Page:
between explanatory variables and determined coefficients ranging from
0.04 to
0.95. This result demonstrated high multicollinearity in the data and justified our use
of the analytical methods outlined previously. Afterward, we assessed the multicollinearity
in models more precisely by calculating the variance inflation factor. To illustrate the data,
we determined the distributions of the UGPA and GGPA (Figure 3a). For example, at the
undergraduate level, students achieved an average GPA of 4.9, with a standard deviation of
0.35. At the graduate level, GPAs were significantly higher, with students earning an
average of 5.2, with a comparable standard deviation of 0.36.
Although we see an obvious increase between the grades awarded in the Bachelor’s
program and those awarded in the Master’s program, it is unclear whether one can attribute
this to grade inflation or to the tradition of assigning higher grades in graduate courses. The
UGPA and GGPA correlate significantly, with
0.65 (Figure 3b). This statistical
dependence justifies why the former is often used to predict the latter. Applying different
DM techniques, we next investigate further the importance of the UGPA as well as other
indicators of undergraduate performance.
Journal of Educational Data Mining, Volume 7, No 3, 2015
Figure 3: (A) Histograms of UGPA ( 4.9,  0.35) and GGPA ( 5.2,  0.36)
with normal density function. (B) UGPA versus GGPA. UGPA of individual students is
plotted against their GGPA.
Prediction performance of the model-selection framework
Our first model-based investigation included explanatory variables comprising information
that is typically available from undergraduate transcripts. Examples include single grades
achieved in an individual course, GPAs of course groups, annual GPAs, or cumulative
GPAs. The model-selection framework produced cross-validated R2 statistics of 0.54,
outperforming the null model significantly (
0.001; two-tailed t-test). Thus, the
information available from transcripts explains as much as 54% of the variance in the
GGPA. Figure 4a shows the MSEs of the two models (framework and null), where the
difference in means is essentially a visual representation of the cross-validated R2 statistic
of 0.54 mentioned above.
Figure 4: (A) Prediction accuracy (mean and 95% confidence interval) of the modelselection framework and the null model. (B) Observed vs. predicted GGPA. Observed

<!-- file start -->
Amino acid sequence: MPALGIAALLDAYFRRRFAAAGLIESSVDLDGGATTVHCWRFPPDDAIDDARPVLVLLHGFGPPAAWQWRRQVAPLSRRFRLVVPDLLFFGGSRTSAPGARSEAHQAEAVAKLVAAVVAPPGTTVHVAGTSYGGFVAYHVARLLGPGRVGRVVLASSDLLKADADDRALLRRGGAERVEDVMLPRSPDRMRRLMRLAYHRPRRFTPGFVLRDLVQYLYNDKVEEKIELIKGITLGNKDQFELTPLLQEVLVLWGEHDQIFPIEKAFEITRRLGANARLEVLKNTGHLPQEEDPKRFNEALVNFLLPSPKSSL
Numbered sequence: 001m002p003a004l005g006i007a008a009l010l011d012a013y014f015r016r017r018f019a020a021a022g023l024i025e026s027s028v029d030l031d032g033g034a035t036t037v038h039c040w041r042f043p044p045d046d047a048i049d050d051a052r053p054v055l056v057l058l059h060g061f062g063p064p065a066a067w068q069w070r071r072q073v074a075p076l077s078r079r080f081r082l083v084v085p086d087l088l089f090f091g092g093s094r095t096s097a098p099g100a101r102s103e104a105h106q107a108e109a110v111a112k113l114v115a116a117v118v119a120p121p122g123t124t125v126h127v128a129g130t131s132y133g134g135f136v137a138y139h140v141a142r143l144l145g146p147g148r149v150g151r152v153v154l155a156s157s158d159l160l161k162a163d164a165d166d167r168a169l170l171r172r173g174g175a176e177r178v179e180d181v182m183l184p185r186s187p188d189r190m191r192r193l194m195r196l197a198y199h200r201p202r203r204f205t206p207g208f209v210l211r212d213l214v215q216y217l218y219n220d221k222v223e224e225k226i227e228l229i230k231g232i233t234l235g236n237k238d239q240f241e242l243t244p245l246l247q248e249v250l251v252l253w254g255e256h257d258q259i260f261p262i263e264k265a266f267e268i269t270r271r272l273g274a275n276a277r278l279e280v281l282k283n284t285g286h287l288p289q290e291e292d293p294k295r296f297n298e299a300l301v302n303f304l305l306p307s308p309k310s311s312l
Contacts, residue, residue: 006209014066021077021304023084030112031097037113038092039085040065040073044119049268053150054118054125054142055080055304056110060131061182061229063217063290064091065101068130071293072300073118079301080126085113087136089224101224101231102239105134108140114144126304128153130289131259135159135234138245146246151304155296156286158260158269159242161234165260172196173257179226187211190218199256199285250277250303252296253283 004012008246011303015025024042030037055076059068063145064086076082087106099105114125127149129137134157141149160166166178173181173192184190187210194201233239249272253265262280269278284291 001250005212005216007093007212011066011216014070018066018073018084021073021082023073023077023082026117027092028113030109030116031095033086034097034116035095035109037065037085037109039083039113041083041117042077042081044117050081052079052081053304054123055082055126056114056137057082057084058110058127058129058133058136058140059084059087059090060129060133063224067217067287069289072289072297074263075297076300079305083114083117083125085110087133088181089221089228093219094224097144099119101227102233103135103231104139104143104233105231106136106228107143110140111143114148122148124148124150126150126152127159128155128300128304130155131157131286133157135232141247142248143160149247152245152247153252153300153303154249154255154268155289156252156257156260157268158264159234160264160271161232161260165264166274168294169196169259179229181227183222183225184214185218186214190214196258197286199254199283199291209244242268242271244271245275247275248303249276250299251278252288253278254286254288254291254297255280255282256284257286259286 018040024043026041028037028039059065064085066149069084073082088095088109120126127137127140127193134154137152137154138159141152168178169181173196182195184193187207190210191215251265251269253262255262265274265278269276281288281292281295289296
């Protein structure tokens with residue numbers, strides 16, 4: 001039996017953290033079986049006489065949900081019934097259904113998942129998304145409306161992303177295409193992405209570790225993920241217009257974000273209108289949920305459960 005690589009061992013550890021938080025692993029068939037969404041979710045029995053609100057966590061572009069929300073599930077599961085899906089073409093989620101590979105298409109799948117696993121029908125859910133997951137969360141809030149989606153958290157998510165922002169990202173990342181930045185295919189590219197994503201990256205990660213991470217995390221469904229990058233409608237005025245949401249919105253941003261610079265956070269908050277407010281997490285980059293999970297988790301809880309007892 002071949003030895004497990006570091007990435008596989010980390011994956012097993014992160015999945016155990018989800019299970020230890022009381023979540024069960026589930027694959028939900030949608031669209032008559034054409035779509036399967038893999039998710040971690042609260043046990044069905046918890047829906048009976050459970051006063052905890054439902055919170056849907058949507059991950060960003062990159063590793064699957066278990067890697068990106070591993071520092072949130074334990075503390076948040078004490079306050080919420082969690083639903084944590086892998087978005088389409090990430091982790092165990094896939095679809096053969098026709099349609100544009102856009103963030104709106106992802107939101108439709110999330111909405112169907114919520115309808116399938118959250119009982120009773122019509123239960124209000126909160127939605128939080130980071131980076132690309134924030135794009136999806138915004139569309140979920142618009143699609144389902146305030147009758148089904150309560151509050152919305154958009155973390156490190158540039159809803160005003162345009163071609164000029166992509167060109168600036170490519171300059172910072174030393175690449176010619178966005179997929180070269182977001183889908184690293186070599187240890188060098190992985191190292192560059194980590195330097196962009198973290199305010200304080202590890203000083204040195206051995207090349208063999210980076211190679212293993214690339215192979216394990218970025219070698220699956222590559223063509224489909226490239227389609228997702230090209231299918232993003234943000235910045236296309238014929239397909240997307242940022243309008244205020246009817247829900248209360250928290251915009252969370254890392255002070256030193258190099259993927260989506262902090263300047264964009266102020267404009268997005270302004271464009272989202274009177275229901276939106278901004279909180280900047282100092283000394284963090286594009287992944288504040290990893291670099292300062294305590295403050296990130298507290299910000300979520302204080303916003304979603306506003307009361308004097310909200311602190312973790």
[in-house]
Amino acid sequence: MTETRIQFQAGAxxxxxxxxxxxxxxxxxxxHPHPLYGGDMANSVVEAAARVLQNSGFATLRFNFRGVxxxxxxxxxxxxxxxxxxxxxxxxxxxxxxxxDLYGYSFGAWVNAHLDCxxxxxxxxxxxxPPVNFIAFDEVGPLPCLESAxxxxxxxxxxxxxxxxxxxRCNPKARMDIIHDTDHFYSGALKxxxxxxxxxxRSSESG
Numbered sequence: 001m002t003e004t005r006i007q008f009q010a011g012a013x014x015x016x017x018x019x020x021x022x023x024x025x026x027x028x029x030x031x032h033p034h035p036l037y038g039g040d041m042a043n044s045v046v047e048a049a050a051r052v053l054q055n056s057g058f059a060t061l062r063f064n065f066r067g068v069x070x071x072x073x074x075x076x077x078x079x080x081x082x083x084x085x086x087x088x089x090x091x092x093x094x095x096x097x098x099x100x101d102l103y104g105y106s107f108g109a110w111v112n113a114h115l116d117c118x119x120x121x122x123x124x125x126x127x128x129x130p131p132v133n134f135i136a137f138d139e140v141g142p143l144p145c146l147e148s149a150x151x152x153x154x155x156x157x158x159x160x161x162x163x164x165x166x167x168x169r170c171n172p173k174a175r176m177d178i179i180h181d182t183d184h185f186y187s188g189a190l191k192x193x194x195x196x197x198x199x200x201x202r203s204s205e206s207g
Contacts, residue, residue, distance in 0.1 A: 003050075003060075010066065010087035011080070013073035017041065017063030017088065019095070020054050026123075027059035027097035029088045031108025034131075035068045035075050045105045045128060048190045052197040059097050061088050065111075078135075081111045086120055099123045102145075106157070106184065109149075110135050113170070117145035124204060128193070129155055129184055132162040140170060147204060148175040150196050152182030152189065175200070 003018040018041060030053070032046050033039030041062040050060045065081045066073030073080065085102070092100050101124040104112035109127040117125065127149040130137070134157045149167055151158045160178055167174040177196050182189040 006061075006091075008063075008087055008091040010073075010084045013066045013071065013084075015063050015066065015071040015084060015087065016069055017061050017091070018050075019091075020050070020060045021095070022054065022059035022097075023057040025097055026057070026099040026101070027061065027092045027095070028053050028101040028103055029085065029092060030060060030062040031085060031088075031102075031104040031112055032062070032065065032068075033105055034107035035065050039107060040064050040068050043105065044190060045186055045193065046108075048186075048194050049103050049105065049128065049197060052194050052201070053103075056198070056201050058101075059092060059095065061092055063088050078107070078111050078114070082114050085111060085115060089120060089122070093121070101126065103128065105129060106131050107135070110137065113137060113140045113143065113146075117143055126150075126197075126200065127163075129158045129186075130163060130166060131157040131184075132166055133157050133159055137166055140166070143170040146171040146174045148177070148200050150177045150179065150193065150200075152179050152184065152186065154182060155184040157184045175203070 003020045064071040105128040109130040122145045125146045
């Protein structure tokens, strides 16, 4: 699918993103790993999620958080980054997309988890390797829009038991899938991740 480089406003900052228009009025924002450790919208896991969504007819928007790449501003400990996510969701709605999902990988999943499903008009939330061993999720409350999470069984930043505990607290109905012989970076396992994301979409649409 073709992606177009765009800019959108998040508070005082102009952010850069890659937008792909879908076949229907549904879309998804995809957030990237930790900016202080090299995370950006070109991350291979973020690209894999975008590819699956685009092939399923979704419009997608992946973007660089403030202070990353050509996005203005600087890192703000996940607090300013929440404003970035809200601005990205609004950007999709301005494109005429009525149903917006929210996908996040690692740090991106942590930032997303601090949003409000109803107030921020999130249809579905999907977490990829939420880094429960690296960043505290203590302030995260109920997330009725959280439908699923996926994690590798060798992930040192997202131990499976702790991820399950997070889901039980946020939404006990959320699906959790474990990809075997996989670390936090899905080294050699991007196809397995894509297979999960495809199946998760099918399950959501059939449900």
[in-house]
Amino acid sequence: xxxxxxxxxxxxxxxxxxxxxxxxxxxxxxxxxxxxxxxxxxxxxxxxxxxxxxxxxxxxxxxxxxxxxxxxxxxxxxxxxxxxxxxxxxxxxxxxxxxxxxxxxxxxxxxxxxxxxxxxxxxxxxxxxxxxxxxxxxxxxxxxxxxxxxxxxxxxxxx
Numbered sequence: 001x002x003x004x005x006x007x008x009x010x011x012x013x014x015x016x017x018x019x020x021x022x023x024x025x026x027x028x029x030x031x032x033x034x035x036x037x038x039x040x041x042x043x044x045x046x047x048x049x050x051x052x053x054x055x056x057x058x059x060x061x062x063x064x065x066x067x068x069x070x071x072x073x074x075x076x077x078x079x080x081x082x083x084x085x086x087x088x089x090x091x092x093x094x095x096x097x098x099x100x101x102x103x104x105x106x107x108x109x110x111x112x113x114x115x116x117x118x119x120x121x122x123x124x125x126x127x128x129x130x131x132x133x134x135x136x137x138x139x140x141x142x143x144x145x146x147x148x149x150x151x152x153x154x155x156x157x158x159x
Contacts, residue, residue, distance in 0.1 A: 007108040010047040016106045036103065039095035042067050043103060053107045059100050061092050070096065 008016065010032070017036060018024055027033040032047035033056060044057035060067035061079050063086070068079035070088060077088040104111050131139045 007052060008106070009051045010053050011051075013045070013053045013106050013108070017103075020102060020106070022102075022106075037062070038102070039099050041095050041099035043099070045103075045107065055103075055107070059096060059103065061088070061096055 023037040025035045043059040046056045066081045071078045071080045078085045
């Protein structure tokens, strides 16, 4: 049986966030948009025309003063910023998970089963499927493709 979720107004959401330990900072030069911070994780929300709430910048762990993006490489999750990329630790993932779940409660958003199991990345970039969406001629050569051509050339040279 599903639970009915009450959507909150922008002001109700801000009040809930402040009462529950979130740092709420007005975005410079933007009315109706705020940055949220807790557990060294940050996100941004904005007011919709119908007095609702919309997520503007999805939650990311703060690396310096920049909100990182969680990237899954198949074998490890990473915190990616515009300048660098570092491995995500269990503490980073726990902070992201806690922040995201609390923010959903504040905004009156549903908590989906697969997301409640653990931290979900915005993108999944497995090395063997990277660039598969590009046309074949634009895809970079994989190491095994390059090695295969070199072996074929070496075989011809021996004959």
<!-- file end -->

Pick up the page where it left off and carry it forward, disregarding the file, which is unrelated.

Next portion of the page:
GGPA of individual students is plotted against GGPA as predicted by the model-selection
framework. The solid line represents the regression line while the dashed one indicates the
1:1 line.
Figure 4b depicts the observed GGPA of individual students against the GGPA as
predicted by the model-selection framework, and, thus, the accuracy. That framework
Journal of Educational Data Mining, Volume 7, No 3, 2015
slightly underestimates the range of the observed GGPAs, as becomes apparent if one
compares the regression line (solid) with the 1:1 line (dashed).
Prediction performance of individual models and analysis of model
To estimate the prediction performance of the eight models, we calculated the crossvalidated R2 statistics for each model (Table 4). For comparisons with traditional
approaches, we also trained each model on the entire data and analyzed the resulting model
instances for the number of explanatory variables selected and goodness of fit. We used
adjusted R2 statistics in combination with the variance inflation factor. A strong negative
correlation existed between the adjusted statistics and the cross-validated R2 statistics
0.95). Indeed, the adjusted statistics sometimes seemed rather off-the-mark, such as
in the second row of the table. The variance inflation factor helped us dismissing bad
models, but a respective cut-off value needed first to be, somewhat arbitrarily, defined;
typical values are either ‘5’ or ‘10’. Moreover, the combination of adjusted R2 statistics
and the variance inflation factor made a direct comparison of the models’ prediction
performances difficult (see, for example, PC1 and PC3 in Table 4). It is our understanding
that the observed discrepancy is a result of the data-independent penalty introduced by the
adjusted R2 statistics. For this reason, we prefer the cross-validated R2 statistics.
Table 4: Performance measures and sanity coefficients of the eight individual models.
Except for adaptive lasso, all models combine a feature-selection approach with a linear
regression model (lm). Values are obtained by analyzing the model instances trained on
the entire dataset. Abbreviation: cv-R2: cross-validated R2; adj. R2: adjusted R2; # sel. var.:
number of selected variables; VIF: variance inflation factor.
adj. R2
# sel. var.
Forward AIC & lm
Backward AIC & lm
Forward BIC & lm
Backward BIC & lm
Adaptive lasso
PC1: partial correlation & lm
PC2: partial correlation & lm
PC3: partial correlation & lm
0 .54
The cross-validated R2 statistics in Table 4 suggest that model PC2, which selects two
explanatory variables using partial-correlation coefficients, performs best. To assess the
statistical significance of its superiority and estimate the uncertainties in prediction
performance, we computed the squared errors of all models’ GGPA predictions (Figure
5a). We then applied t-tests on the distributions of the squared errors. Although PC2
performance was statistically indistinguishable from that of PC1 and adaptive lasso, it
significantly outperformed all other models (
0.05; pairwise t-tests, Bonferronicorrected for multiple testing). This demonstrates that choosing partial correlations for
variable selection is appropriate for these data.
Journal of Educational Data Mining, Volume 7, No 3, 2015
Figure 5: (A) Prediction accuracy of individual models. Means and 95% confidence
intervals of squared errors for different models and the null model are presented. (B)